Ithaca, NY 14853, USA
Department of Mechanics, Cornell University
Meijaard J. P., Papadopoulos J. M., Ruina A., Schwab A. L.
Linearized dynamics equations for the balance and steer of a bicycle: a benchmark and review
2013, Vol. 9, No. 2, pp. 343-376
We present canonical linearized equations of motion for the Whipple bicycle model consisting of four rigid laterally symmetric ideally hinged parts: two wheels, a frame and a front assembly. The wheels are also axisymmetric and make ideal knife-edge rolling point contact with the ground level. The mass distribution and geometry are otherwise arbitrary. This conservative non-holonomic system has a seven-dimensional accessible configuration space and three velocity degrees of freedom parametrized by rates of frame lean, steer angle and rear wheel rotation. We construct the terms in the governing equations methodically for easy implementation. The equations are suitable for e.g. the study of bicycle self-stability. We derived these equations by hand in two ways and also checked them against two nonlinear dynamics simulations. In the century-old literature, several sets of equations fully agree with those here and several do not. Two benchmarks provide test cases for checking alternative formulations of the equations of motion or alternative numerical solutions. Further, the results here can also serve as a check for general purpose dynamic programs. For the benchmark bicycles, we accurately calculate the eigenvalues (the roots of the characteristic equation) and the speeds at which bicycle lean and steer are self-stable, confirming the century-old result that this conservative system can have asymptotic stability.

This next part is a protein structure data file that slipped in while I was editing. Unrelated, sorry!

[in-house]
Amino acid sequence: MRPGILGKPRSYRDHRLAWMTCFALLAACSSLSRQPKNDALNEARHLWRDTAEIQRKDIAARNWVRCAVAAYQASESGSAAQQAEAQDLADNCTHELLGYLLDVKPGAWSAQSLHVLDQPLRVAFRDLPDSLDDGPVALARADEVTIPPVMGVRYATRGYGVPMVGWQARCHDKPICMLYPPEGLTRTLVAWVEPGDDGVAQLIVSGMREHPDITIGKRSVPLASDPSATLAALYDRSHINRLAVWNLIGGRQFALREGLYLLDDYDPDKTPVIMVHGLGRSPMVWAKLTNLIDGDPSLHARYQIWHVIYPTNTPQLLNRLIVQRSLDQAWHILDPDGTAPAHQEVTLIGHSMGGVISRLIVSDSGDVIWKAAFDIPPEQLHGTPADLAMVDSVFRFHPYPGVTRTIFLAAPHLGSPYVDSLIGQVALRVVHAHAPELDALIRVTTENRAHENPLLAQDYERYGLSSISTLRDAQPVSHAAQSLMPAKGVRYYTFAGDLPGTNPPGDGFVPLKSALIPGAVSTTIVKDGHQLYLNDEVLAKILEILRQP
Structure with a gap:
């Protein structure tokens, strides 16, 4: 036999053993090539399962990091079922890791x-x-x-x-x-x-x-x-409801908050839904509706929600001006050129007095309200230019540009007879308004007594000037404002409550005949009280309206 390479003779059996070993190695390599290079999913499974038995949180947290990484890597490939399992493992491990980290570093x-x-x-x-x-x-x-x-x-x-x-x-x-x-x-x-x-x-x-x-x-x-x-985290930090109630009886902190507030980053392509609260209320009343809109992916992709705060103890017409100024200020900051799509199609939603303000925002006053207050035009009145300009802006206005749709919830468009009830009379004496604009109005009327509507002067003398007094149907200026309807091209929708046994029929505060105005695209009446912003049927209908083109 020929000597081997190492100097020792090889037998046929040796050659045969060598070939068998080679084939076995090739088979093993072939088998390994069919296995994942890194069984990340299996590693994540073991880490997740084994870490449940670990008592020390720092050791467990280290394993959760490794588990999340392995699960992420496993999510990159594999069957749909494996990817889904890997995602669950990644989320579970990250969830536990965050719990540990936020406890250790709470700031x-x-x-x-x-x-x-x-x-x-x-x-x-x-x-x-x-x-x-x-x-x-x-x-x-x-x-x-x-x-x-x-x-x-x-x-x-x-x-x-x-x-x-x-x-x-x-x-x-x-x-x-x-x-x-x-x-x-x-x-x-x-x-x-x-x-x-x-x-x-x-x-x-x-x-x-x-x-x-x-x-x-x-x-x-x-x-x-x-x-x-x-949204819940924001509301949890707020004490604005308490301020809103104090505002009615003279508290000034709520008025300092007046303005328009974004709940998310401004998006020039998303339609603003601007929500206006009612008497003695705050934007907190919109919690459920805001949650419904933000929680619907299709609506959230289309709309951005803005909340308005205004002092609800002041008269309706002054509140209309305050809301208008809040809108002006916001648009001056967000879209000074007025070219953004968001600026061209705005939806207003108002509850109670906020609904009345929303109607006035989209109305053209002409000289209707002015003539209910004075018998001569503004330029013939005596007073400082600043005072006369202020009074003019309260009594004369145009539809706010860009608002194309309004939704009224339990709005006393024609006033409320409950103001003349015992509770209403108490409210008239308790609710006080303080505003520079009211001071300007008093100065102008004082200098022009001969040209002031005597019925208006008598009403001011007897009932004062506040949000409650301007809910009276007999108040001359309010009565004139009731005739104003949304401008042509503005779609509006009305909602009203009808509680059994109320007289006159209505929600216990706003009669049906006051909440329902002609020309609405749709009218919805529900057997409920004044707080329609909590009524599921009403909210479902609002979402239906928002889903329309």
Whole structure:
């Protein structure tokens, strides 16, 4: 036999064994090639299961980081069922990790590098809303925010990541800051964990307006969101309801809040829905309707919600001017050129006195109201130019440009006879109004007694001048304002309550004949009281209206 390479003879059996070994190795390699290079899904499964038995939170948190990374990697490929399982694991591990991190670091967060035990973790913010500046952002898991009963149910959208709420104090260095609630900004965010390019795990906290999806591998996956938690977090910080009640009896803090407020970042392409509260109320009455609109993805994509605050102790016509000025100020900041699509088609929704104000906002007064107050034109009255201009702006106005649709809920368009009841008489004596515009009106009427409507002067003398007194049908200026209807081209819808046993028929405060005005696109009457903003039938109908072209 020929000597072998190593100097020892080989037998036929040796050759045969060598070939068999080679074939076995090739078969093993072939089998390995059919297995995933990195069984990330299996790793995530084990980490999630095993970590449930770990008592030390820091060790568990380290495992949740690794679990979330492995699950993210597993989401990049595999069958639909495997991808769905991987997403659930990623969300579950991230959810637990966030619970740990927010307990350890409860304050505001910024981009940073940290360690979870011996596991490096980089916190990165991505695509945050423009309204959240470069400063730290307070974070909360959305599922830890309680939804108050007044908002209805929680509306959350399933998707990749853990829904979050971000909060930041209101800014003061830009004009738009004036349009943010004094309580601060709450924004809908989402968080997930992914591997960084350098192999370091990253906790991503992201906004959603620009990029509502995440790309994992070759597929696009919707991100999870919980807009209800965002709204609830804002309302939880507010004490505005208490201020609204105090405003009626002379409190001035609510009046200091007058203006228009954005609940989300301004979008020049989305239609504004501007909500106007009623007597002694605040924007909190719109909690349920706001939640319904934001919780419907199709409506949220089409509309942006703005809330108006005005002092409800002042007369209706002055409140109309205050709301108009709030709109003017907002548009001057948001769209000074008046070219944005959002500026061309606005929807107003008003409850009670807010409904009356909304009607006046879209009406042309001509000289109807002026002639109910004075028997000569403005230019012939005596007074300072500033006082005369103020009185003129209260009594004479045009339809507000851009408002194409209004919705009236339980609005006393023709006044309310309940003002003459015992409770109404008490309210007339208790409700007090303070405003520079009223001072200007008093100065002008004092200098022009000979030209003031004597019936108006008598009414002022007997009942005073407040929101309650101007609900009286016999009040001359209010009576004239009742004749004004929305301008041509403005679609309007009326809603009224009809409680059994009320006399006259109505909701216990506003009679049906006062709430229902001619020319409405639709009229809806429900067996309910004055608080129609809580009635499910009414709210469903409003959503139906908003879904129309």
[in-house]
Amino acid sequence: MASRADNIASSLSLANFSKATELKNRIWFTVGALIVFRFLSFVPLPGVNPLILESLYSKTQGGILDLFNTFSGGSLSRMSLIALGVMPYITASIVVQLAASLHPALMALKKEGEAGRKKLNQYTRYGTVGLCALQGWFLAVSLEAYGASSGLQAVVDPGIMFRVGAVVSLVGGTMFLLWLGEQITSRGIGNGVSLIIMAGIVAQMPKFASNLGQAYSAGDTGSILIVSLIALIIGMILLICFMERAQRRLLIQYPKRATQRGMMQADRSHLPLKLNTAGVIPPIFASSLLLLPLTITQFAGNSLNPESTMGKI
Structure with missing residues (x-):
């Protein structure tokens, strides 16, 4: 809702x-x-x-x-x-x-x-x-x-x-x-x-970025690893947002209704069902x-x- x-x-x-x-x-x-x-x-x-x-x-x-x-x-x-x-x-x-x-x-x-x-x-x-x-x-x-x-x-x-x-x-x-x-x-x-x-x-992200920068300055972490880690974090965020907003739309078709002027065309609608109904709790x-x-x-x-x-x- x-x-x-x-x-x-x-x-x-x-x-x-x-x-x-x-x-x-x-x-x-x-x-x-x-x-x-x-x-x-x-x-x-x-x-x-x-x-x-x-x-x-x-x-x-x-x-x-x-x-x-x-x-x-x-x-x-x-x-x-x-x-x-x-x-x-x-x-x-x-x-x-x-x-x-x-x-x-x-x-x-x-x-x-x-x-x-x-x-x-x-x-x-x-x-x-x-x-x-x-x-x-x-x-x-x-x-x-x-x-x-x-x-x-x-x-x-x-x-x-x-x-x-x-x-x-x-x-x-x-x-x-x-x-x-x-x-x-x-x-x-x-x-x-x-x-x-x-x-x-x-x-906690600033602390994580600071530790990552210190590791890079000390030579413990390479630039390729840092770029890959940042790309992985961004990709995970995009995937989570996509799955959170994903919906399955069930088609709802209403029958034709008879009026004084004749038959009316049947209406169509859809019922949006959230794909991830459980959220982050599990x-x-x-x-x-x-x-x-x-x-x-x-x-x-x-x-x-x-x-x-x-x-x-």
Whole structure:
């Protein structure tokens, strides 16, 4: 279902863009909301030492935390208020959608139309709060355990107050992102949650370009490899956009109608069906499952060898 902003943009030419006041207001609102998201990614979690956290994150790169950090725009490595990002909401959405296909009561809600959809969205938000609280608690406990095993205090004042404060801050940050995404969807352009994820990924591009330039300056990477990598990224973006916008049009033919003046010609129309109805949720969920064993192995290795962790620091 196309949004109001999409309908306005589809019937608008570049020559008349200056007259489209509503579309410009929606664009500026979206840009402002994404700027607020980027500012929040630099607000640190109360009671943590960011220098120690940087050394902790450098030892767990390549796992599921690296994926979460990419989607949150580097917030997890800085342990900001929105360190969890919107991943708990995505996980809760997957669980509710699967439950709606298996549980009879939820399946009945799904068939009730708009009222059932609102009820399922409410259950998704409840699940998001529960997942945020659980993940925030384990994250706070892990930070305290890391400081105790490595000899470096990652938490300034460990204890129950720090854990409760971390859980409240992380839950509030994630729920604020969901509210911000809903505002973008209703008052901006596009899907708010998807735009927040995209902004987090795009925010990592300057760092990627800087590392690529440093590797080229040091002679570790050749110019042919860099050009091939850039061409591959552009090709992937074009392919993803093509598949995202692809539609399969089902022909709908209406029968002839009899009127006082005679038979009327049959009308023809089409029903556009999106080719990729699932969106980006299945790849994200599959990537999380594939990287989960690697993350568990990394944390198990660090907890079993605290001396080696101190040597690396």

Kooijman J. D., Meijaard J. P., Papadopoulos J. M., Ruina A., Schwab A. L.
A bicycle can be selfstable without gyroscopic or caster effects
2013, Vol. 9, No. 2, pp. 377-386
A riderless bicycle can automatically steer itself so as to recover from falls. The common view is that this self-steering is caused by gyroscopic precession of the front wheel, or by the wheel contact trailing like a caster behind the steer axis. We show that neither effect is necessary for self-stability. Using linearized stability calculations as a guide, we built a bicycle with extra counter-rotating wheels (canceling the wheel spin angular momentum) and with its front-wheel ground-contact forward of the steer axis (making the trailing distance negative). When laterally disturbed from rolling straight this bicycle automatically recovers to upright travel. Our results show that various design variables, like the front mass location and the steer axis tilt, contribute to stability in complex interacting ways.